"Section 2. It shall be the duty of every corporation incorporated under the laws of this state, and of every foreign corporation now doing business, or which shall hereafter engage in business in this state, to procure annually from the secretary of state a license authorizing the transaction of such business in this state, and shall pay therefor a license-tax as follows": (Then follows a statement of the amounts of tax proportioned to the amount of the authorized capital stock of the corporation, the tax running from ten dollars where the authorized capital stock does not exceed ten thousand dollars, to two hundred and fifty dollars where it exceeds five million dollars.)
"Said license-tax or fee shall be due and payable on the first day of July of each and every year to the secretary of state, who shall pay the same into the state treasury. If not paid on or before the hour of four o'clock P.M. of the first day of September next thereafter, the same shall become delinquent and there shall be added thereto, as a penalty for such delinquency, the sum of ten dollars.
"The license-tax or fee hereby provided authorizes the corporation to transact its business during the year or for any fractional part of each year in which such license-tax or fee is paid. `Year,' within the meaning of this act, means from and including the first day of July to and including the thirtieth day of June next thereafter.
"Section 3. The secretary of state shall, on or before the fifteenth day of September in each year, report to the governor of the state a list of all corporations which have become delinquent, as provided in section two of this act, and the governor shall forthwith issue his proclamation, declaring under this act that the charter of such delinquent domestic corporation will be forfeited and the right of such foreign corporation to do business in this state will be forfeited unless payment of such license-tax, together with the penalty for such delinquency, as hereinbefore provided, be made to the secretary of state on or before the hour of four o'clock P.M. of the thirtieth day of November next following.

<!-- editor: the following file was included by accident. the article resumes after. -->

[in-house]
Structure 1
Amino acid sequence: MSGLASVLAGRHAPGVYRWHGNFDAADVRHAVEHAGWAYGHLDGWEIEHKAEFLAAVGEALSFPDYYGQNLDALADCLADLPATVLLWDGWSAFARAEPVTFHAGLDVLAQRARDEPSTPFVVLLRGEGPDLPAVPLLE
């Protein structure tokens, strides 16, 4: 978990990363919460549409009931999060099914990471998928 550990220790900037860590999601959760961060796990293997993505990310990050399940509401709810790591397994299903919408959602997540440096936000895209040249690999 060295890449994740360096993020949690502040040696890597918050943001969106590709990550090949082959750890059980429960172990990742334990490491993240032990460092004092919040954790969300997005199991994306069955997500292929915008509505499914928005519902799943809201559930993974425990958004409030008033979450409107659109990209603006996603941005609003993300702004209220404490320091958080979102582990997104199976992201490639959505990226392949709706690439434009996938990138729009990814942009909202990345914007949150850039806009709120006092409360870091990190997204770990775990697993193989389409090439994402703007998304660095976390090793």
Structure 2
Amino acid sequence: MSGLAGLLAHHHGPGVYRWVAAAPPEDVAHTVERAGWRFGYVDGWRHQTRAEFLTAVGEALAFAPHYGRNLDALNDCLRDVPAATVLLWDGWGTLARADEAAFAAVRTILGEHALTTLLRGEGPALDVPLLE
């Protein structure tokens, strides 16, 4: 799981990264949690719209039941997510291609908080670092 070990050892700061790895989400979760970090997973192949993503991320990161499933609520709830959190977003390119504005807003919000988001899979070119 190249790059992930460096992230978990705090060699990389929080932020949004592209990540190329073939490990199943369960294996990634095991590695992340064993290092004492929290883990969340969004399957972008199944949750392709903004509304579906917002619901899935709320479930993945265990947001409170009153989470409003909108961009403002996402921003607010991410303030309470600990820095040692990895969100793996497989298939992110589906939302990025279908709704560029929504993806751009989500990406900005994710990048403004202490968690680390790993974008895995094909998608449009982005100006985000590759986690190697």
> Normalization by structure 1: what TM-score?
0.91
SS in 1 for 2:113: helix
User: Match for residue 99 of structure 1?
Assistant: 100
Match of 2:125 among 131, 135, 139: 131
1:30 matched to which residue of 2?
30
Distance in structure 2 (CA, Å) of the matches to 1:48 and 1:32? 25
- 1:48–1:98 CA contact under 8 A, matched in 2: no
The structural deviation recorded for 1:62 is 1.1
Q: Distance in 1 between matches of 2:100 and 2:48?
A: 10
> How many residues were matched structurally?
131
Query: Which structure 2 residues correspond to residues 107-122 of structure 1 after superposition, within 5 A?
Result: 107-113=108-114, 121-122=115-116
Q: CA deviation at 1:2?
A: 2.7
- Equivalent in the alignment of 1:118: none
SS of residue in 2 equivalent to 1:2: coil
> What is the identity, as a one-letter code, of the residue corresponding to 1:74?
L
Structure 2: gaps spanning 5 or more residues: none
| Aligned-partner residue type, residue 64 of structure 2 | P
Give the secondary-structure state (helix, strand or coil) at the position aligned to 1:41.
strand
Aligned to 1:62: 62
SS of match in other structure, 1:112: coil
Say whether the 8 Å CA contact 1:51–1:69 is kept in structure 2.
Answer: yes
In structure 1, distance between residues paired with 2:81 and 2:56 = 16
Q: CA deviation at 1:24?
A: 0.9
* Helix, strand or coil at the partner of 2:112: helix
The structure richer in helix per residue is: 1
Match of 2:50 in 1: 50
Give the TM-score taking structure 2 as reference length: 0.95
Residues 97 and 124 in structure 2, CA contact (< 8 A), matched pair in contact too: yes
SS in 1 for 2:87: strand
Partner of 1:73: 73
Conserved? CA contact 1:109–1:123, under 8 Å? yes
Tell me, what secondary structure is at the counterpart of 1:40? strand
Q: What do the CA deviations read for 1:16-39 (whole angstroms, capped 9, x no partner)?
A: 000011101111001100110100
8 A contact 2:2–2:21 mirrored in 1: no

"Section 4. Said proclamation shall be filed immediately in the office of the secretary of state, and said secretary of state shall immediately cause a copy of said proclamation to be published in one issue of each of two daily newspapers to be selected by the governor.
"Section 5. At the hour of four o'clock P.M. of the thirtieth day of November each year the charters of all delinquent domestic corporations which have failed to pay the said license-tax, together with said penalty for such delinquency, shall be forfeited to the state of California, and the right of all delinquent foreign corporations to do business in this state which have failed to pay said license-tax, together with the penalty for such delinquency, shall be likewise forfeited. . . .
"Section 7. All educational, religious, scientific and charitable corporations, and all corporations which are not organized for pecuniary profit, are exempt from the provisions of this act.
"Section 8. On or before the thirty-first day of December of each year the secretary of state shall make a list of all domestic corporations whose charters have been so forfeited and of all foreign corporations whose right to do business in this state has been so forfeited, and shall transmit a certified copy thereof to each county clerk in this state, who shall file the same in his office.